performance goals. The team should discuss the contractors performance deficiencies,
corrective actions, areas where the contractor is meeting Government expectations,
and any Government deficiencies. This process applies to smaller contracts
as well, adjusting the meeting frequency to match the relative complexity of
the contract requirement. Contracting Officers are also encouraged to have
an open door policy that allows contractors to voluntarily discuss performance
problems as they arise. These meetings should be a complete discussion on the
contractors performance, both good and bad, and the Governments compliance
with contract requirements.
The Naval Undersea Warfare Center has seen the effects
of this Best Practice in the reactions of contractor and government employees
in administration of current contracts. The greatest benefit is the improvement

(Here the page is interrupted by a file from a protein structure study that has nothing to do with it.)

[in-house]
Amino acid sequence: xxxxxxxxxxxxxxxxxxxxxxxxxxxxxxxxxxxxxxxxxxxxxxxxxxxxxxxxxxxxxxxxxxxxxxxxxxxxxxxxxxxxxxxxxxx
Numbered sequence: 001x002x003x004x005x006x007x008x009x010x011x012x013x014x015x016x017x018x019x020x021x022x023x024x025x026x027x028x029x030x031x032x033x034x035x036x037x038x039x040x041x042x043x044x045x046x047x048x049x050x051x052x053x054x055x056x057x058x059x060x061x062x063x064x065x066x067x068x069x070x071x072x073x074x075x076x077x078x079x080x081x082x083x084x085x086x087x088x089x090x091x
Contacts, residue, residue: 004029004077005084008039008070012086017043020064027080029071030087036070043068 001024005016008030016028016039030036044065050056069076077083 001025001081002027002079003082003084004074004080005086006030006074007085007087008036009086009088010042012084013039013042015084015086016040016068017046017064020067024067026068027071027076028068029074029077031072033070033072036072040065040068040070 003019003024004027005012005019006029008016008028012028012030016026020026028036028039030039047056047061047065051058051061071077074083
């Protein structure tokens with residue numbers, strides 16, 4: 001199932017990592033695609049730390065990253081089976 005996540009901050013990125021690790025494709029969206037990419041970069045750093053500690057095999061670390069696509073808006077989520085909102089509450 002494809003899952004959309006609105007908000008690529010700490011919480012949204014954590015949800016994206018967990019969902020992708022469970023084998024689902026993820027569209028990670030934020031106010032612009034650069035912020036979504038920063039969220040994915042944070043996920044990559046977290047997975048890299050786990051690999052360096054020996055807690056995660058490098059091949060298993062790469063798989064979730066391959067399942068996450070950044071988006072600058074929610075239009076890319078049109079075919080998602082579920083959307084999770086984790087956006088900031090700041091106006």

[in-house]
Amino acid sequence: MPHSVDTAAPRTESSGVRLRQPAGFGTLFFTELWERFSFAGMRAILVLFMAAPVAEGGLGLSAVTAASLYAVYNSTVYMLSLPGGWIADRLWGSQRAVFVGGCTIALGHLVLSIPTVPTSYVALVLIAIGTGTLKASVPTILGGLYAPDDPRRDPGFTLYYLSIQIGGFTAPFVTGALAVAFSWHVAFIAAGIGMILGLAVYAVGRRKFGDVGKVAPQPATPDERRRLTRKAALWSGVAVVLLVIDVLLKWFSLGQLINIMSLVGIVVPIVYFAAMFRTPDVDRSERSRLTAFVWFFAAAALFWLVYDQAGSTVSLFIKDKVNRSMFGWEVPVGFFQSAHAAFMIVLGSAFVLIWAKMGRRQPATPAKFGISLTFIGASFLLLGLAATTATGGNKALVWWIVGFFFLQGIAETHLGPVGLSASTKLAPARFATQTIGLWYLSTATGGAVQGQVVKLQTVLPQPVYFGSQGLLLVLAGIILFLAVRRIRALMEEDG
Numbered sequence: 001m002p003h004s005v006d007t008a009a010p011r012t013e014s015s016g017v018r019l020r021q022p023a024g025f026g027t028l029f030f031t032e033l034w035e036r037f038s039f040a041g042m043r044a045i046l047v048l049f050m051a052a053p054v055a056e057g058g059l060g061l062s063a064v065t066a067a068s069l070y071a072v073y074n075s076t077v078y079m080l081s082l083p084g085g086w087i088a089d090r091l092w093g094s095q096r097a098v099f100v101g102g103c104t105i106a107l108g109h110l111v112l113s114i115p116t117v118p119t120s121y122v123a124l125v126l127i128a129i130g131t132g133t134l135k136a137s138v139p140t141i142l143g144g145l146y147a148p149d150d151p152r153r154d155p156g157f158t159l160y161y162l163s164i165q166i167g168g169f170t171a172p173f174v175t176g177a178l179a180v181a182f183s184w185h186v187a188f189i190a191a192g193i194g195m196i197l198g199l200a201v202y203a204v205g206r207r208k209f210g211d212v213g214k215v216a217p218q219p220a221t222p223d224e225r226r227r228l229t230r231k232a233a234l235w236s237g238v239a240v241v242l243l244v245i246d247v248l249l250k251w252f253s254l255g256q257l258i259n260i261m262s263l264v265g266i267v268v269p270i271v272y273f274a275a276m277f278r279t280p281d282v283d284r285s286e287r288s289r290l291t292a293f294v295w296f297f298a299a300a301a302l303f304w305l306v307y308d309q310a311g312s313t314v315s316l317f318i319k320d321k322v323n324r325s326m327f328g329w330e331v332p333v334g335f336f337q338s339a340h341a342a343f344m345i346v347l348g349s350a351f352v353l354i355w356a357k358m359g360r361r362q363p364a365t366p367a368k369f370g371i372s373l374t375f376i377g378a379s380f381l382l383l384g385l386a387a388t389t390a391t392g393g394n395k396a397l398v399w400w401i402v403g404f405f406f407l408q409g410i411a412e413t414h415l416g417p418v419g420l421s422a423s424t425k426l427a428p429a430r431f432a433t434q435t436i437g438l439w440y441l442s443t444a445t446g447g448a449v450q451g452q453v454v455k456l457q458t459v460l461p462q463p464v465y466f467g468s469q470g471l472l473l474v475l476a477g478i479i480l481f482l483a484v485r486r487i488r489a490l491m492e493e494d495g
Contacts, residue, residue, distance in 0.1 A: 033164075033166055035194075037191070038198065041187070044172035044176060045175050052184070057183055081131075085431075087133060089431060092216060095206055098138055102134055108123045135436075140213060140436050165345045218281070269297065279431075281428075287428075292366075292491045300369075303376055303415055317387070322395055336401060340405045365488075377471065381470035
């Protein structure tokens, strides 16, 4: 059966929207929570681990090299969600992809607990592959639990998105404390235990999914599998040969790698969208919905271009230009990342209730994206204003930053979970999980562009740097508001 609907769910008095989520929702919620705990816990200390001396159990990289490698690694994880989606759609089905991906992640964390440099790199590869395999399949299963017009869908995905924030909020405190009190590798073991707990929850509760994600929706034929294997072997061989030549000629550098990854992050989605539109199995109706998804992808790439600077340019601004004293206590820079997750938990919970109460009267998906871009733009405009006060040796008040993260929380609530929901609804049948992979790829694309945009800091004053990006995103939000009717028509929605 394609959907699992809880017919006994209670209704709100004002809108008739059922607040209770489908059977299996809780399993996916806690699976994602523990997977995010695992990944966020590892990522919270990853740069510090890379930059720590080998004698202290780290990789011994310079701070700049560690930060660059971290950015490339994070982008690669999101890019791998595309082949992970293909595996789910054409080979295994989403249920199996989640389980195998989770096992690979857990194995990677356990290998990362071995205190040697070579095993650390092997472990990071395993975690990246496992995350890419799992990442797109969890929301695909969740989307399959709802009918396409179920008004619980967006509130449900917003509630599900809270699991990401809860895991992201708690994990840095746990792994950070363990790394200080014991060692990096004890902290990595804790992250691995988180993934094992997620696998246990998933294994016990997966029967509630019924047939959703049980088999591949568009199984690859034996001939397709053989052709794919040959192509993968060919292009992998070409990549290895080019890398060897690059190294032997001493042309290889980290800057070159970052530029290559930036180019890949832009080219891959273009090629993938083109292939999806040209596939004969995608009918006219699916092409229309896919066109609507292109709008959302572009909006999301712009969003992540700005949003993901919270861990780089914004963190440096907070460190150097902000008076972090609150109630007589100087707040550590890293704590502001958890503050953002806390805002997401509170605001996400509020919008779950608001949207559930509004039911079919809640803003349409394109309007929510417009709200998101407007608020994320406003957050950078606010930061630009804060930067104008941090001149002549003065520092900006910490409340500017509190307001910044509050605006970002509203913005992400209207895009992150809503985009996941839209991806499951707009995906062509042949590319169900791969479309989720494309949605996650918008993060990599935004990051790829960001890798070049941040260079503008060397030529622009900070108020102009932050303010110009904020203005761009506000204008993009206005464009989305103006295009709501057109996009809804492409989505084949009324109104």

in communication both between the Government and the contractor and within
the Government. Contractor managers are initiating discussion of performance
expectations and achievements with Government personnel. Officials of the
smaller and medium sized companies in industries with intense competition
are especially concerned about Past Performance rating information which will
affect future contract awards. Often they do not consider a Satisfactory
rating acceptable and expect their contract managers to achieve Very Good
or Exceptional ratings. A secondary benefit is the improvement of internal
Government communication as contract specialists and technical/program managers
discuss problems and successes in contract administration in the effort to
establish appropriate annual Past Performance ratings.
Remember--the goal is excellent contract performance that provides products
or services at the best value for the taxpayer's dollar! This goal can't be
achieved unless the acquisition team does some homework:
- Track and document contract performance closely